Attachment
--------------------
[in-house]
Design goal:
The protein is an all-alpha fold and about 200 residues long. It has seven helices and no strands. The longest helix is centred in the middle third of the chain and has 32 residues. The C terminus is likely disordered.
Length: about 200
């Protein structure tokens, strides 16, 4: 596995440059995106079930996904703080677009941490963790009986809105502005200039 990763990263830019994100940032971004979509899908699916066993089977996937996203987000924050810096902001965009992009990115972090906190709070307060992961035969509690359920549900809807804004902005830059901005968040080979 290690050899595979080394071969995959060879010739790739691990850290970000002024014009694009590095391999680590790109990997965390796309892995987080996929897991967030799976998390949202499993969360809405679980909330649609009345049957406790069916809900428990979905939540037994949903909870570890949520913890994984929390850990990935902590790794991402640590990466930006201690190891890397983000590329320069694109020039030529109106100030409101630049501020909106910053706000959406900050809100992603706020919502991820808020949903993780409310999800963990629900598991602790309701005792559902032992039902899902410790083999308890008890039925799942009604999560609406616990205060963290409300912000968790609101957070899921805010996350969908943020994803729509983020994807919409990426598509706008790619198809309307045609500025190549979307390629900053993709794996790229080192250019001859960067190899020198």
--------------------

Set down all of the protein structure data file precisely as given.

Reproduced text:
[in-house]
Design goal:
The protein is an all-alpha fold and about 200 residues long. It has seven helices and no strands. The longest helix is centred in the middle third of the chain and has 32 residues. The C terminus is likely disordered.
Length: about 200
């Protein structure tokens, strides 16, 4: 596995440059995106079930996904703080677009941490963790009986809105502005200039 990763990263830019994100940032971004979509899908699916066993089977996937996203987000924050810096902001965009992009990115972090906190709070307060992961035969509690359920549900809807804004902005830059901005968040080979 290690050899595979080394071969995959060879010739790739691990850290970000002024014009694009590095391999680590790109990997965390796309892995987080996929897991967030799976998390949202499993969360809405679980909330649609009345049957406790069916809900428990979905939540037994949903909870570890949520913890994984929390850990990935902590790794991402640590990466930006201690190891890397983000590329320069694109020039030529109106100030409101630049501020909106910053706000959406900050809100992603706020919502991820808020949903993780409310999800963990629900598991602790309701005792559902032992039902899902410790083999308890008890039925799942009604999560609406616990205060963290409300912000968790609101957070899921805010996350969908943020994803729509983020994807919409990426598509706008790619198809309307045609500025190549979307390629900053993709794996790229080192250019001859960067190899020198």